At AppNation, Peter hosted a panel discussion of a new age of companies, driving a new model in the app economy. The following are my notes on the panel discussion.
Peter and panel take the stage. The group is described as a motley crew.
- Session Leader: Peter Biddle, GM, AppUp, Intel
- Andrej Nabergoj, CEO, Outfit7 (Talking Tom)
- Raj Singh, Entrepreneur-in-Residence, SRI
- Mike Rowehl, Co-Founder, Churn Labs
- Ben Keighran, CEO, Chomp
- Scott Kveton, CEO, Urban Airship
Panel described as Motley crew. Peter is hosting the panel discussing and suggests to learn more about him “google” Peter Biddle "about half of it is true,... the bad half" ;-)
Peter starts with comment about the traditional “ebb & flow” with tech businesses, where typically we see tiny mom pop shops rise up with innovation, then megalith corps scoop up the talent and become world powers... rinse & repeat; and he comments that this time its seems different. Peter suggests that the software lifecycle, time to market, customer feedback etc is much more compressed.
He then asks to the panel to consider how things have change for independent developers who want to start something, or people clinging to edge of a business, how do you maintain an ongoing running value.
Peter starts by asking Andrej, creator of Talking Tom, how this worked in his business
Andrej explains there is an efficient distribution channel now. His company started in Slovenia, not Silicon Valley, where he wanted to create company that would build products that would inspire. He explained they researched the local 3D artist community to create inspirational app experience and found they had great success. Now you have a situation where great apps coming from every corner of the world. App stores are the most meritocracy based distribution channel.
Peter turns to Raj and asks if you have efficient distribution across the world and a compressed time, how do you maintain a fundamental investment in IP, where you stuff can be easily duplicated once it hits the app stores.
Raj explains that in the IT those efforts are in R&D labs and even there he finds that it is becoming less about the algorithm and says once you are out in the market it’s a race. “Raj says you need to question if you can provide a technical approach that creates an advantage, and can that be duplicated? Make sure you consider the business side, how well you execute and how fast you can run. Packaging a solution provides value. That is difficult to duplicate
Peter adds that the experience per technologies in specific use cases is harder to replicate.
Peter now turns to Mike and asks if there is a fundamental difference from tech rich silicon valley areas vs frontier environments
Mike explains he sees advantages on both sides. From a traditional side there are advantages is building upon all the failures that went before. In the frontiers there is the advantage of fresh thinking as well where you have a willingness to experiment on your own. That is the sweet spot right now.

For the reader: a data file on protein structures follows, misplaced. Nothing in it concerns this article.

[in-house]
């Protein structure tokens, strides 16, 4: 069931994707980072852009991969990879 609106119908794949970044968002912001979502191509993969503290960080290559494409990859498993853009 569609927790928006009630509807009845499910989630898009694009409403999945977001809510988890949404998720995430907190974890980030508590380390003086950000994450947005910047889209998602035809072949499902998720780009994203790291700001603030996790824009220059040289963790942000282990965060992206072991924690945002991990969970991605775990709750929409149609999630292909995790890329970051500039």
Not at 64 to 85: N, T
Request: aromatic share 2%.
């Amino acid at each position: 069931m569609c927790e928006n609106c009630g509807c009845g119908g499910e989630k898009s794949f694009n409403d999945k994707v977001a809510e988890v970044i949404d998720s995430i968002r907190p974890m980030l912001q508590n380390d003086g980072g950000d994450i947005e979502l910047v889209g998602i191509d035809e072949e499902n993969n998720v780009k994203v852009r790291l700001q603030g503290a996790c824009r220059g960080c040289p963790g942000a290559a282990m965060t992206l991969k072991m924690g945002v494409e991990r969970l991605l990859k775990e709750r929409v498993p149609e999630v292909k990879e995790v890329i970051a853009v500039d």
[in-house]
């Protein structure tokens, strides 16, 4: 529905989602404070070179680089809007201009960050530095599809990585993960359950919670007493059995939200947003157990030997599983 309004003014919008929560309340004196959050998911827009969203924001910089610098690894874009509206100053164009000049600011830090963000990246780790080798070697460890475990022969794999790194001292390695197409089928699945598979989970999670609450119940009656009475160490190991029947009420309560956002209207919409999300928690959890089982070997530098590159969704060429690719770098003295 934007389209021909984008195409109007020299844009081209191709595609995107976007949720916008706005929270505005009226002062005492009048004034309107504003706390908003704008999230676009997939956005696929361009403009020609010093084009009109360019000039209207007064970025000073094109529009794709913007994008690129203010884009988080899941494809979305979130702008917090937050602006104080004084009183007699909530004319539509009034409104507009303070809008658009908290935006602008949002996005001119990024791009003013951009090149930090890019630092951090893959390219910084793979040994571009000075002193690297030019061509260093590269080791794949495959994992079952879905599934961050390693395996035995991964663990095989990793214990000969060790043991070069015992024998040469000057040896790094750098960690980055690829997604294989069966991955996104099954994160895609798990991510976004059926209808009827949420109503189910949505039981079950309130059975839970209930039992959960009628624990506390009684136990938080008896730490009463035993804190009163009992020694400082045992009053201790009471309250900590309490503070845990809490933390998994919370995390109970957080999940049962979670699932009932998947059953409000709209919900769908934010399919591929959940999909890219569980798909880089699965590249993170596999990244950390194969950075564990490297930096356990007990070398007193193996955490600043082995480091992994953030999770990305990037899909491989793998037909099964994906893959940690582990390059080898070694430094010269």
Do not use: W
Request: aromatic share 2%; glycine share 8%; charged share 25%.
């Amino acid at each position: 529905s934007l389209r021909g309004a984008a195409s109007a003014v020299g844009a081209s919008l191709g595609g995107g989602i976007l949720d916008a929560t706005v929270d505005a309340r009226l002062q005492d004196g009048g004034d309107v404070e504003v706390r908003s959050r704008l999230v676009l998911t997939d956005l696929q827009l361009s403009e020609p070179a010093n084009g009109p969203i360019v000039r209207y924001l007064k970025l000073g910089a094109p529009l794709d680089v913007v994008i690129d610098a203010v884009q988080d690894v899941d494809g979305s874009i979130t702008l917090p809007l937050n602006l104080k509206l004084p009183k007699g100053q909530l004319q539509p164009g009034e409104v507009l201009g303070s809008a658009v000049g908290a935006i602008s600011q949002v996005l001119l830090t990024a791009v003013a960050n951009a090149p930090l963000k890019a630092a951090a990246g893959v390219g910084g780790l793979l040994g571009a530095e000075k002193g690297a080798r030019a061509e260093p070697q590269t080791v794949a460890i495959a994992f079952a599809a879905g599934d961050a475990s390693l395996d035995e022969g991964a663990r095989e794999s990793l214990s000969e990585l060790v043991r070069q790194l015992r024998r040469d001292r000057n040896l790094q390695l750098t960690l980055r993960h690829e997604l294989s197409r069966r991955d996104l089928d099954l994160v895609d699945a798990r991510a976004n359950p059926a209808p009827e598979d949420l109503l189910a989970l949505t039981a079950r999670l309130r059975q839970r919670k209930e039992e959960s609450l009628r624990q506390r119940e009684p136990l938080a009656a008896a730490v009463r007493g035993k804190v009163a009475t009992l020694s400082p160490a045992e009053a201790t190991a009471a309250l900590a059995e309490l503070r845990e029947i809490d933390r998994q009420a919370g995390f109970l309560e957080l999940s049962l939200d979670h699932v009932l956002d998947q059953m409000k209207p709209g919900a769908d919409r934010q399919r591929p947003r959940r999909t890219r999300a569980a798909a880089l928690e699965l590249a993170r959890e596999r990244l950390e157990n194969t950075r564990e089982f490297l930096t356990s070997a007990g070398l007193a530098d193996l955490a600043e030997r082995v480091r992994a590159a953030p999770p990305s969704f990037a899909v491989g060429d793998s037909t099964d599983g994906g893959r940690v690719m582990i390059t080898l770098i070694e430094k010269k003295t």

Peter asks from a geographical perspective if the issues in Barcelona are same as in Silicon Valley. Mike explains they are very similar, and London is also following a similar model, but he explains the biz environments are different, i.e. how you handle monetization or where you focus your efforts changes per geography.
Peter turns to Ben, about his article on tech crunch that says “it feels like its 1996” and what he mean. Does that mean he sees another crash is coming?
Ben explains that we see innovation when people consume media thru a new channel. In 1996 new entrepreneurs took things like media & gaming and provided that thru a new channel such as the web browser. Ben sees we learned a lot since then and can’t imagine a similar crash.
He says that mobile over the last 3 years represents a new experience a new way to consume internet via apps. Apps provide an alternative to typing in a URL or launching a bookmark to a web page. Instead you launch experience from the device that feels designed for the device. New value is created and we see apps like Instagram which feel like the new Flickr
Peter asks Scott about "pushing bacon"
Scott explains he wrote a book "Making Bacon" about selling bacon on the internet & how quickly you could you launch a biz with supply chain fulfillment. They ended up selling 600 lbs of bacon a day.
With Urban AIRship he drives engagement to monetize apps using mobile push technology. Urban AIRship launched in 30 days. It was more than a website. They had an API, developer documentation and launched by going to a conference handing out donuts, which landed them some big clients.
Peter asks the panel if you had the choice, had a magic wand and could create strong fortifications for businesses like it used to be; would there be value? Mike says he doesn't think so and says he never thought it was actually possible and was a result of some cooperative conceptual hallucination. Raj agrees but as that some specific biz relations are a barrier and if you have them are some form of fortification.
Peter asks about the flip-side, suggesting that people at the top of the app stores are garnering the rewards and cites that 50 top apps are 50% of the download. The group responds that is not entirely true on the revenue side and that there is revenue is more long tail.
Peter ends the discussion with a final question on the long tail economy. What is one thing you wish you could change or effect? The group responds with the following wish list.
- A mobile solutions for enterprise
- A viable 3rd alternative,
- More than open platforms, need open services
- Net neutrality around user data
- More app stores, more platforms - HTML 5 apps
- Apps working in realtime based on location.